Universe’s death and Linville Caverns
I’m using a little different format with this week’s column. In this introduction, I’m telling you that the first half of this week’s column will be about astronomy, and the second half will concern geology (the little Old Concord Road kid with Golden Nature Guides in his back pockets, now on Medicare). In addition, I will hint that the title for this week’s column ties both of these subjects together, but won’t do the tying myself, leaving it for you to tie. I’m not trying to be vague, just doing things a little differently, since humans love some variation now and then, on top of our regimented “tradition.”
In the early 1960s, my father purchased a book for me at Bunker’s Book Shop titled “Frontiers of Astronomy,” by British astronomer Fred Hoyle. Fred looked a little unusual for an astronomer, his unruly hair giving him the look of the late Stan Freberg (“Wun’erful, Wun’erful” (1957)).
Fred Hoyle trumpeted the “steady-state theory” of the universe, as opposed to the “big bang theory (Sheldon and company not included).
It was as if God had never completely rested and given up the business of creation, still popping out one atom of hydrogen per every cubic mile of space, which amounts to a lot, since (and forgive me) the heavens comprise a helluvah big space!
Hoyle’s theory was disproved and he was later regarded as a little “touched,” (but what’s that to me?) leaving the Big Bang in charge. It’s kind of depressing, though, since according to the current crop of cosmologists (people who theorize about the universe’s “comings and goings”), there also won’t be any repetitive “oscillating universe,” and everything will eventually “cool off” to absolute zero (-459.67 Fahrenheit), the stellar lights going out gradually and literally, never coming on again (unlike the lights in Europe after V-E Day). With not a single star in the sky (not just “our” sky, but the whole universal “sky” at large), the universe will be forever dark and forever cold.
Thank goodness this applies only to the physical heaven, the one with lower-case “h.” The Heaven beginning with capital “H” will still be our refuge, as in ages past, by then, even more ages, long, long past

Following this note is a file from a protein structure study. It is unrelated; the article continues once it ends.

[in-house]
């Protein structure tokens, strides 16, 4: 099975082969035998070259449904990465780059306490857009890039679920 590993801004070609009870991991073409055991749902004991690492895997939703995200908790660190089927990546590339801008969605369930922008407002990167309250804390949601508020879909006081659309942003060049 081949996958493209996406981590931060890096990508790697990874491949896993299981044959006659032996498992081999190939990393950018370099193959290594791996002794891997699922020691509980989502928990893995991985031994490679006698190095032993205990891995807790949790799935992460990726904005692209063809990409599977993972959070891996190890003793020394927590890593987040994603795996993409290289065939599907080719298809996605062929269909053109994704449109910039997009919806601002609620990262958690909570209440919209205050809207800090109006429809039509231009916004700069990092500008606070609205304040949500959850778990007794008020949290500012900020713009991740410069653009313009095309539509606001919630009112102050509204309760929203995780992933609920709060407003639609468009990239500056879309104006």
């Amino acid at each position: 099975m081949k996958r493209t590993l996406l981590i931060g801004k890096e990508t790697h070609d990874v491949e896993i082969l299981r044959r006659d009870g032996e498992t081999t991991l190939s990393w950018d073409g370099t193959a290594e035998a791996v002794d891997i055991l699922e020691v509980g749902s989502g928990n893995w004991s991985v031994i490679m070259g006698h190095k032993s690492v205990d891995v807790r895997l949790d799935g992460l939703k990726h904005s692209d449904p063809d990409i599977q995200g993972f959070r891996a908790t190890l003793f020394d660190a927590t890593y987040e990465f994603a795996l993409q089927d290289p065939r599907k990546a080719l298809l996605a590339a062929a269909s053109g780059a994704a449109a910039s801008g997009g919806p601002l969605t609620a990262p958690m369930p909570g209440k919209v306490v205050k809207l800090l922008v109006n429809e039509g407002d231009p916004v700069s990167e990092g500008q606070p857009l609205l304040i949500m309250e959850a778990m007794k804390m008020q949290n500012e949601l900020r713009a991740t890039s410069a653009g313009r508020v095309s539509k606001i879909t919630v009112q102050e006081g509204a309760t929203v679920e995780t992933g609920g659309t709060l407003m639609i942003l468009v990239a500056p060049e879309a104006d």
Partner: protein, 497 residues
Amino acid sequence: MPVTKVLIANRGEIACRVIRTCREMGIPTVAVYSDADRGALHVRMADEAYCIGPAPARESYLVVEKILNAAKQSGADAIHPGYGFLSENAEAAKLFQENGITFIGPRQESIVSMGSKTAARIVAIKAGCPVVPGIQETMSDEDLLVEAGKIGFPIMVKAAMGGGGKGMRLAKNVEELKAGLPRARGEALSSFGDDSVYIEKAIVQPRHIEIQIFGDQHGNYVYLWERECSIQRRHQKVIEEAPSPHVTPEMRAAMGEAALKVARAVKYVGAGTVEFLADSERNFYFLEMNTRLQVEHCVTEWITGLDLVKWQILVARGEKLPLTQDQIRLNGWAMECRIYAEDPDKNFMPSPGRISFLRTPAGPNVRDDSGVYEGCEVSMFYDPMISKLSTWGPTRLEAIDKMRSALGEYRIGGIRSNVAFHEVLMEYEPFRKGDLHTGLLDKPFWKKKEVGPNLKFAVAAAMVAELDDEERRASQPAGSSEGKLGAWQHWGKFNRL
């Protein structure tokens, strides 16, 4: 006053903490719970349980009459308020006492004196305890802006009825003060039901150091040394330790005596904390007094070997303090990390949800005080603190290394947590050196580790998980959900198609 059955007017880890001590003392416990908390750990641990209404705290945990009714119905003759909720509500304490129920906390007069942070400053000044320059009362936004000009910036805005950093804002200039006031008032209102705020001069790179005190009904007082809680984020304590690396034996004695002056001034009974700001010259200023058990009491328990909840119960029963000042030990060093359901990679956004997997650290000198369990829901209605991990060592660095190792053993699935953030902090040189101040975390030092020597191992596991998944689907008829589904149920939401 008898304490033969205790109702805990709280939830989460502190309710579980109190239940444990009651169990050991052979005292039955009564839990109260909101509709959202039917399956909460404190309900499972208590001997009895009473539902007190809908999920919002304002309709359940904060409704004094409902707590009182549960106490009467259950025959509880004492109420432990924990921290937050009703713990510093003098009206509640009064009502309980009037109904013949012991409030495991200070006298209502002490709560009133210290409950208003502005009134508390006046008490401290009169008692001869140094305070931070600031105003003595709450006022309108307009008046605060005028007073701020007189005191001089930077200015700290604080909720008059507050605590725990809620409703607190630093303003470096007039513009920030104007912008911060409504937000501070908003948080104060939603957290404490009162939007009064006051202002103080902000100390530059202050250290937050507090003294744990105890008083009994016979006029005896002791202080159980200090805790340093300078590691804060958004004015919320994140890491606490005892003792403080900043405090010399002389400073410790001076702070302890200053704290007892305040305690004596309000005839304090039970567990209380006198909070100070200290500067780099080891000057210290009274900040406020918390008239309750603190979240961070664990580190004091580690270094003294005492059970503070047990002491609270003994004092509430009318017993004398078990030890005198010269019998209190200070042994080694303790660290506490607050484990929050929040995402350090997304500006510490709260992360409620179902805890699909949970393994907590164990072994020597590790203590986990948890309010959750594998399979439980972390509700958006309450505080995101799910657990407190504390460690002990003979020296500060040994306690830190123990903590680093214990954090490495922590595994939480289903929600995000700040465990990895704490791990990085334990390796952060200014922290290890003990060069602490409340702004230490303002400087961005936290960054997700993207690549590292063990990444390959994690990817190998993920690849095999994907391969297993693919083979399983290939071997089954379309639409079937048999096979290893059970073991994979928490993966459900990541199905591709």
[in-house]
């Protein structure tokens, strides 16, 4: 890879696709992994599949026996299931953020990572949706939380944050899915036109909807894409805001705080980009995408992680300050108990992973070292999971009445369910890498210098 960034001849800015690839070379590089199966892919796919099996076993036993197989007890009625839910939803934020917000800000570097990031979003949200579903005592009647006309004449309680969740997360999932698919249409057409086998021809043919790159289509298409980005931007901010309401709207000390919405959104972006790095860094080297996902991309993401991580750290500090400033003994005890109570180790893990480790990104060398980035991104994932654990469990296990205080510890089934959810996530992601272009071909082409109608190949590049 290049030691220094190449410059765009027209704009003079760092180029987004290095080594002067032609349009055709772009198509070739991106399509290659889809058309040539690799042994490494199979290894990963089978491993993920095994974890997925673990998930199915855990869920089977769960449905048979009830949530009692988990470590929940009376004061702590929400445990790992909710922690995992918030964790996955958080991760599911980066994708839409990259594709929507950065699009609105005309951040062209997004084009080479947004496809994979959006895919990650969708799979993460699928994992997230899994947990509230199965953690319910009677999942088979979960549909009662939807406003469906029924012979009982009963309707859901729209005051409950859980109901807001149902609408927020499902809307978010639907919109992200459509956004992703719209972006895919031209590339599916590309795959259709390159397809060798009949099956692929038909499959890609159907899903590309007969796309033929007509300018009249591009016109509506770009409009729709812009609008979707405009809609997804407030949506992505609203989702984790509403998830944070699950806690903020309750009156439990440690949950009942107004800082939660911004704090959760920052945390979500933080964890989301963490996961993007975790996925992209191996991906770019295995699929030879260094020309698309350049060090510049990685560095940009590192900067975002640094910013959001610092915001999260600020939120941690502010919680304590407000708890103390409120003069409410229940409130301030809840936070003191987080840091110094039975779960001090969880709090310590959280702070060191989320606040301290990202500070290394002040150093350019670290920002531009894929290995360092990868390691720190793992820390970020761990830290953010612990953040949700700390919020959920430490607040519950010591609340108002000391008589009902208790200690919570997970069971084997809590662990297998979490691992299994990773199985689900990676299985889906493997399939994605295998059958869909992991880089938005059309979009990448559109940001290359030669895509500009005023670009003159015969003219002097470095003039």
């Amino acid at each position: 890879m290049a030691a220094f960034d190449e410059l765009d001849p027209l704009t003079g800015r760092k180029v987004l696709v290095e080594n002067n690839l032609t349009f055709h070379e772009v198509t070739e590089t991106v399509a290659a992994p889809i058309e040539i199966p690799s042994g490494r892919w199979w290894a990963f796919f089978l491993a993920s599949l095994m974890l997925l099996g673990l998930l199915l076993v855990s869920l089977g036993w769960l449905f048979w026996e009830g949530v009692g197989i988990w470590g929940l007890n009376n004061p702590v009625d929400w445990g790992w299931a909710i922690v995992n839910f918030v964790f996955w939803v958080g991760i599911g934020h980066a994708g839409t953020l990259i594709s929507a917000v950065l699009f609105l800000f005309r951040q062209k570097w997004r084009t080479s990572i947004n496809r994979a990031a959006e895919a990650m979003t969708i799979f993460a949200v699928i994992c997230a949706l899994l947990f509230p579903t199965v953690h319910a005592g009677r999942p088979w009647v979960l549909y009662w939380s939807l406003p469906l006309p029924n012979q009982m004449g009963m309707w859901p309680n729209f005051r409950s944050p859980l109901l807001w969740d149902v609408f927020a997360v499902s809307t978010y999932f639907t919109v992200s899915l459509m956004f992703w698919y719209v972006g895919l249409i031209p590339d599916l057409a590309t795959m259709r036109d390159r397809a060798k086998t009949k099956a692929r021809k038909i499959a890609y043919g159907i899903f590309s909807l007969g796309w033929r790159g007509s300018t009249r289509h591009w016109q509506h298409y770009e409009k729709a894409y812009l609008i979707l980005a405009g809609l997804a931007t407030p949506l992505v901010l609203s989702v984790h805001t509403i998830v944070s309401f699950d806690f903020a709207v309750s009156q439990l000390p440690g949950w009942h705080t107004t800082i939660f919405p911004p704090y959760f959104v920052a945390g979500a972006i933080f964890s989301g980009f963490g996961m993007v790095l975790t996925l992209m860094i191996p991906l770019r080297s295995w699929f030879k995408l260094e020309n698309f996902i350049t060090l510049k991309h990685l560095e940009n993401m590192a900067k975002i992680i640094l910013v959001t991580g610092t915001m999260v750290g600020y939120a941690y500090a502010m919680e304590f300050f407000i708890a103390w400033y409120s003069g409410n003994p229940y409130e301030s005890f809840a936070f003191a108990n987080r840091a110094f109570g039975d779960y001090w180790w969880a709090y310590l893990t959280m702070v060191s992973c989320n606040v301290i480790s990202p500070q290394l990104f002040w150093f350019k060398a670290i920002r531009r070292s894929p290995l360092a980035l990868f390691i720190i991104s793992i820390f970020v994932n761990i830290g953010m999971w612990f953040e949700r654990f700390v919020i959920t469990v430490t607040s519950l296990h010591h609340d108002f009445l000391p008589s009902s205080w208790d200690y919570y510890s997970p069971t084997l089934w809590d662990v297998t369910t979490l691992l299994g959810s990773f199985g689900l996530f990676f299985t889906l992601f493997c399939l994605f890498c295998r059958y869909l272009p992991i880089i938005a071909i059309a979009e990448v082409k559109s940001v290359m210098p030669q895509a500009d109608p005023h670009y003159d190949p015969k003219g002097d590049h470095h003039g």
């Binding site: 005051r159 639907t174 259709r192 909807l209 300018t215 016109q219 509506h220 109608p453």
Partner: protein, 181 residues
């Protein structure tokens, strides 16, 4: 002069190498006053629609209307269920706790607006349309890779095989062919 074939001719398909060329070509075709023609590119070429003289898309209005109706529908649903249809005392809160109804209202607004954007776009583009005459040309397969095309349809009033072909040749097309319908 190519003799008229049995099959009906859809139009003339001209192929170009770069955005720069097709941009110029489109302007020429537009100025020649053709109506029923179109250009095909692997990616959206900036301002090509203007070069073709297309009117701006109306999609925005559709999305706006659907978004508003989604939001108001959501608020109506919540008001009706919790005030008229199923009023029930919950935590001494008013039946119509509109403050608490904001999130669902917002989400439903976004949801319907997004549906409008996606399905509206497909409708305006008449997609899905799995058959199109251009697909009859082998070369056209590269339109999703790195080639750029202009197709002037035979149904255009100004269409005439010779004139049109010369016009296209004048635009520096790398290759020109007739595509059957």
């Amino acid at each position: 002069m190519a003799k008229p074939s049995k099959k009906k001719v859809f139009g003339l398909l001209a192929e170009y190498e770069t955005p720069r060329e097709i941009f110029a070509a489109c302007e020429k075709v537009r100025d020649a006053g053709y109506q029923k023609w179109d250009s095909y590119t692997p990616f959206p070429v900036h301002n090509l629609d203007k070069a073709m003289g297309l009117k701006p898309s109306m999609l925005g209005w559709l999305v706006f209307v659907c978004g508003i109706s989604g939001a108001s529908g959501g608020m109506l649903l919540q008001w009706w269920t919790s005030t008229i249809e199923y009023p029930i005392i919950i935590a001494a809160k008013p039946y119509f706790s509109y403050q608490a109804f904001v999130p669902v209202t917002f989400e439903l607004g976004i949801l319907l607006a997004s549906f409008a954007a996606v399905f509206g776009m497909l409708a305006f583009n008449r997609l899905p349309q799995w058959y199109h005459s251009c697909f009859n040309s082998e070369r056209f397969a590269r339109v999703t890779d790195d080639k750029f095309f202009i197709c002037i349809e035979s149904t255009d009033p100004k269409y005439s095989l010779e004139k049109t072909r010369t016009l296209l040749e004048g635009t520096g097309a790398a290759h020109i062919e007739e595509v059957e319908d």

My late wife and I took our children Rachel and Jeremy to Linville Caverns some years ago. I was always fascinated with caverns after having visited Endless Caverns during the “Great East Rowan Band Trip of 1966.”
Inside, Linville Caverns had the look of a great underground, dripping aqueduct. In that subterranean place, the “music of the spheres” was drowned out by dripping sounds. (In my mind, both were drowned out by Mendelssohn’s “Fingal’s Cave Overture.”)
I had heard of the cavern’s renowned “sightless fish,” and on that day spotted a couple. Their eyes looked disconcertingly filmy, but not sufficiently so as to drive me to the madness experienced by Poe’s protagonist in “The Tell Tale Heart.” Looking at those fish (our “eye conversation” only “one-way”) I saw the truth in that old maxim: “What you don’t use, you lose!”
The stalactites, with matching stalagmites (their floor-bound “alter ego”) were beautiful, and the flow stone looked like ice cream, as if the whole of Linville Caverns were merely some giant’s springhouse, tucked deep within the earth.
We enjoyed our “High Country” trip that day, including our “sub-mountain” trip to Linville Caverns, but I later thought back to something scary which our cavern tour guide had done to us. In a farther recess of the caverns, she warned us that she was going to turn off the electric lights so we could see (or rather, not see) what “real darkness” really is.
The instant the lights were extinguished, I saw (as if the word “saw” is appropriate) only a seemingly all-encompassing dark void. In an effort to reach out for something reassuringly “touchable,” I extended my arm, and my warm fingers were met only by cold, unilluminated, “planetary” stone.